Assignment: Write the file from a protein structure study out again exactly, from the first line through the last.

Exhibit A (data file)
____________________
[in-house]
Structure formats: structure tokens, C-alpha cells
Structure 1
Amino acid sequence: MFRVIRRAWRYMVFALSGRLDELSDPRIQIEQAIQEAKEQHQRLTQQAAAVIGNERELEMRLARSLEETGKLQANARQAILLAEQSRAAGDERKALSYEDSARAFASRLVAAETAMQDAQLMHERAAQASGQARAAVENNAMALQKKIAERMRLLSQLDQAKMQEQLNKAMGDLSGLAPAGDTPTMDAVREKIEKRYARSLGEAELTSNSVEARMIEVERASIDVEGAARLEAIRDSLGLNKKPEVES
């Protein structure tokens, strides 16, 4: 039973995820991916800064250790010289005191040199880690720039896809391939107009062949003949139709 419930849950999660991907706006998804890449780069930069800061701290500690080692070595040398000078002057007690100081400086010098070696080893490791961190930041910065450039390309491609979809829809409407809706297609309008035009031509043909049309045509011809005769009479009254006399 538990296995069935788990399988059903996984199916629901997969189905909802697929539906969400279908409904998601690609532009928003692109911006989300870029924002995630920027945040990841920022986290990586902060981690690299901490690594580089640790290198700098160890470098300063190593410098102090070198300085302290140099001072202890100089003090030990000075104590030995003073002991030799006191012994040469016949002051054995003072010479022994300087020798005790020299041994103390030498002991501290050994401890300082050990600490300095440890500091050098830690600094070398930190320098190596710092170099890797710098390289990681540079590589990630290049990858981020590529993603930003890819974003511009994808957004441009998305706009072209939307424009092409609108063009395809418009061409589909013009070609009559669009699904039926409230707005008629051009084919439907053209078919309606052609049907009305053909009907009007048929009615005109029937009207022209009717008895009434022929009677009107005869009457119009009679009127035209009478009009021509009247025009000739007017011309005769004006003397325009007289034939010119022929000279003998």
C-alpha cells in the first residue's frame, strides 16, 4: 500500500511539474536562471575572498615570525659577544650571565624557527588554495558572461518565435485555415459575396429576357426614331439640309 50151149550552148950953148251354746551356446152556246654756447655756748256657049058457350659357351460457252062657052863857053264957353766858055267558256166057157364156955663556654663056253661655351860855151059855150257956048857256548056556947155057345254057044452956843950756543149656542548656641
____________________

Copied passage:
[in-house]
Structure formats: structure tokens, C-alpha cells
Structure 1
Amino acid sequence: MFRVIRRAWRYMVFALSGRLDELSDPRIQIEQAIQEAKEQHQRLTQQAAAVIGNERELEMRLARSLEETGKLQANARQAILLAEQSRAAGDERKALSYEDSARAFASRLVAAETAMQDAQLMHERAAQASGQARAAVENNAMALQKKIAERMRLLSQLDQAKMQEQLNKAMGDLSGLAPAGDTPTMDAVREKIEKRYARSLGEAELTSNSVEARMIEVERASIDVEGAARLEAIRDSLGLNKKPEVES
């Protein structure tokens, strides 16, 4: 039973995820991916800064250790010289005191040199880690720039896809391939107009062949003949139709 419930849950999660991907706006998804890449780069930069800061701290500690080692070595040398000078002057007690100081400086010098070696080893490791961190930041910065450039390309491609979809829809409407809706297609309008035009031509043909049309045509011809005769009479009254006399 538990296995069935788990399988059903996984199916629901997969189905909802697929539906969400279908409904998601690609532009928003692109911006989300870029924002995630920027945040990841920022986290990586902060981690690299901490690594580089640790290198700098160890470098300063190593410098102090070198300085302290140099001072202890100089003090030990000075104590030995003073002991030799006191012994040469016949002051054995003072010479022994300087020798005790020299041994103390030498002991501290050994401890300082050990600490300095440890500091050098830690600094070398930190320098190596710092170099890797710098390289990681540079590589990630290049990858981020590529993603930003890819974003511009994808957004441009998305706009072209939307424009092409609108063009395809418009061409589909013009070609009559669009699904039926409230707005008629051009084919439907053209078919309606052609049907009305053909009907009007048929009615005109029937009207022209009717008895009434022929009677009107005869009457119009009679009127035209009478009009021509009247025009000739007017011309005769004006003397325009007289034939010119022929000279003998």
C-alpha cells in the first residue's frame, strides 16, 4: 500500500511539474536562471575572498615570525659577544650571565624557527588554495558572461518565435485555415459575396429576357426614331439640309 50151149550552148950953148251354746551356446152556246654756447655756748256657049058457350659357351460457252062657052863857053264957353766858055267558256166057157364156955663556654663056253661655351860855151059855150257956048857256548056556947155057345254057044452956843950756543149656542548656641